The Gaspé is considered one of the top hiking spots in the world, after the Grand Canyon, the Himalayas, the Andes, and the Swiss Alps. There are 6,000 km of trails, and a range of vistas from mountains to cliffs facing the mouth of the St Lawrence and the Atlantic Ocean. And best of all, it is hardly known outside Quebec—a spectacular, untouched place right in our own backyard.
For the past decade, hundreds of cross-country skiers—nearly all of them Quebeckers—have come for a six-day, 100-mile-plus ski odyssey through the winter wonderland at the eastern edge of Canada’s largest province. After an article in the New York Times in 2013, 100 Yanks showed up, but as yet, very few Anglo-Canadians. Two years ago, hardy hikers started coming at the end of September to see the fall colours and the caribou, and I opted to join them this year.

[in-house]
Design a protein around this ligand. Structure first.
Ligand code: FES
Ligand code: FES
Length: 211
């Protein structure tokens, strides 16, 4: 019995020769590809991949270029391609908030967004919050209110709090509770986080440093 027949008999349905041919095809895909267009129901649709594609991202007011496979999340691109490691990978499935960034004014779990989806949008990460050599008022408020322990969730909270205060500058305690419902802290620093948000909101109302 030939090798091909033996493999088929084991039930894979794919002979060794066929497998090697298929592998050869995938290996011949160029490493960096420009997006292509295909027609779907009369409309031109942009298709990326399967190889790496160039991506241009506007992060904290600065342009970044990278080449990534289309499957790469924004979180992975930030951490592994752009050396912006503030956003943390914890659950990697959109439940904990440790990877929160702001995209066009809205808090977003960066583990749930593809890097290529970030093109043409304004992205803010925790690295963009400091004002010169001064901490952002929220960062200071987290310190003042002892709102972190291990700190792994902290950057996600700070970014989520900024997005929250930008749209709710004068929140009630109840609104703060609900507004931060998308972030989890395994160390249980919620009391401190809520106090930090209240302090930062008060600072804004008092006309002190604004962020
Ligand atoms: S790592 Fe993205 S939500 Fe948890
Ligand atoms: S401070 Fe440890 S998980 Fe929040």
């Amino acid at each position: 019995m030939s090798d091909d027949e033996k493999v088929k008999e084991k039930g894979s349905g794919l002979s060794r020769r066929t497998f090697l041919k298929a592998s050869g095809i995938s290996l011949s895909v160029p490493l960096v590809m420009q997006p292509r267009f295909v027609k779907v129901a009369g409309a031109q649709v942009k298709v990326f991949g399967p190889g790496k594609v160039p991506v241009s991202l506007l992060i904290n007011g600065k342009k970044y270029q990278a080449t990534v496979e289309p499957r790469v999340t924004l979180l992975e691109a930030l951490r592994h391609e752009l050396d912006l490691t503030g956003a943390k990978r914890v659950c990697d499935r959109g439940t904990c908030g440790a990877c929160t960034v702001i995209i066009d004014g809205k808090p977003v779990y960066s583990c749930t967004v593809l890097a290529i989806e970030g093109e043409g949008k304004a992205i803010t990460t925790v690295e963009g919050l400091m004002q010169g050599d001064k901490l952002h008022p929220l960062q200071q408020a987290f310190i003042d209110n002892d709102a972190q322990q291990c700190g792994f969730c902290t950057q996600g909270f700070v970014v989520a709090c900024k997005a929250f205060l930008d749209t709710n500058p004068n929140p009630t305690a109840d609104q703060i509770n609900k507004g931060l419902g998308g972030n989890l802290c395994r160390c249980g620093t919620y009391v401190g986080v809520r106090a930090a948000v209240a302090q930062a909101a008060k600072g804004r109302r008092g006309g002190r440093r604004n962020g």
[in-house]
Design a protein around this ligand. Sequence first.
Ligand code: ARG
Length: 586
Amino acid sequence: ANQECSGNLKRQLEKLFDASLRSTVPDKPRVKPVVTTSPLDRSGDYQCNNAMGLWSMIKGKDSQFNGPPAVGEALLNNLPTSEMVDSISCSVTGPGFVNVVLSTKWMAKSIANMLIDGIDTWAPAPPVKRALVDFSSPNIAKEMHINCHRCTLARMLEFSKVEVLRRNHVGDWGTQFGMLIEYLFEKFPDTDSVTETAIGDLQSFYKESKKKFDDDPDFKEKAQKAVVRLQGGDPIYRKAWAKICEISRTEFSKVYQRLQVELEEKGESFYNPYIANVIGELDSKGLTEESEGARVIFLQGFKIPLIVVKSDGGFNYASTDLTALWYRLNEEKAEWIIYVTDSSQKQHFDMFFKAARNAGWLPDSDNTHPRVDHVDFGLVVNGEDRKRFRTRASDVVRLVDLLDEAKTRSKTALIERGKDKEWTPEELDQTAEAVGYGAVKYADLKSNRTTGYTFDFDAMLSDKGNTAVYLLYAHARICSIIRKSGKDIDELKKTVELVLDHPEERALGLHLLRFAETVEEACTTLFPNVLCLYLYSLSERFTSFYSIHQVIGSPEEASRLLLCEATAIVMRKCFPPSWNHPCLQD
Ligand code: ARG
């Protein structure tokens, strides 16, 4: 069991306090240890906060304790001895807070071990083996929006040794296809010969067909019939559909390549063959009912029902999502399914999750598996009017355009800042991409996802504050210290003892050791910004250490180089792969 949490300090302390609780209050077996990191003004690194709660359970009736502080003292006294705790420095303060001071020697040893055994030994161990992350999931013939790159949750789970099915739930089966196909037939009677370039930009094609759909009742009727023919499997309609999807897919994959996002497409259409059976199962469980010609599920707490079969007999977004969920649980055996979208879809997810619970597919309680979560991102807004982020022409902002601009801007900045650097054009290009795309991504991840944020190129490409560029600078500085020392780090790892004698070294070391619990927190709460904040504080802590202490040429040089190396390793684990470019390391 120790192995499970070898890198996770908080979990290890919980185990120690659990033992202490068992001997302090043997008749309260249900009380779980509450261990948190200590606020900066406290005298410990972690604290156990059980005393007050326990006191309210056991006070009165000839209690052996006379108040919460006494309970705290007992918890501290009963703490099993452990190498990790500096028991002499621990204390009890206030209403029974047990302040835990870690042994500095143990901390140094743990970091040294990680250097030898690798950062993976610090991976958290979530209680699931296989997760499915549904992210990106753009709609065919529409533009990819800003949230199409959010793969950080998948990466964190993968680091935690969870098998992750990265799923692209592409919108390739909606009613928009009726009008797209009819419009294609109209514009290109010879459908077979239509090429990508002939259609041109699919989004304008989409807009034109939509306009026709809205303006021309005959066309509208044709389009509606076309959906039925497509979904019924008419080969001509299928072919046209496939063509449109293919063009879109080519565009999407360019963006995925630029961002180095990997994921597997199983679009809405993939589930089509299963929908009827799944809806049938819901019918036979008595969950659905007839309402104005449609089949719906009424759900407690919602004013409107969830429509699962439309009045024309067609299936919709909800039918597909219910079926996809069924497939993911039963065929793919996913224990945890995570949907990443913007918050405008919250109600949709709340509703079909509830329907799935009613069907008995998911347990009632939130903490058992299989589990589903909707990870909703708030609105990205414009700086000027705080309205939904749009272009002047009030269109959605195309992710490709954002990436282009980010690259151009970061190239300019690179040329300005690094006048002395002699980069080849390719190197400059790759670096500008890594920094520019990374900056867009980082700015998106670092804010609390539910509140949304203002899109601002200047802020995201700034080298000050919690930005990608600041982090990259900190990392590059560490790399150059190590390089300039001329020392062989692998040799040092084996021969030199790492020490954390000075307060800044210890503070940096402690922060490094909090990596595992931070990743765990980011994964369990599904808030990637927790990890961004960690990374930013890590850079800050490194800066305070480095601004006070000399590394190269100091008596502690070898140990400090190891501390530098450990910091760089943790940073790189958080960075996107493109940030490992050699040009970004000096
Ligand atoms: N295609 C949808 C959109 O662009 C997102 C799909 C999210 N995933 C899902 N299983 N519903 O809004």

Saturday – The 8-hour 'trek' from Toronto to Montreal brought me to the bus to Gaspé at 5am, just in time. Our guide to Gaspé, Gilbert, was one of the many volunteers, a physiotherapist by profession, our residential doctor for sore feet. He is a joker, and over the microphone acted the voice of an airline pilot explaining to brace ourselves for the 2-hour climb that evening on arrival in Gaspé "to reach the hotel". Ìn line for coffee I met Robert, who is a Montreal-based fundraiser for nonprofit organizations and hospitals, a charmer, well in tune with his profession. We settled in for the 10-hour trip to Carleton-sur-Mer, on the south coast, before moving northeast to Gaspé and then east to Percé.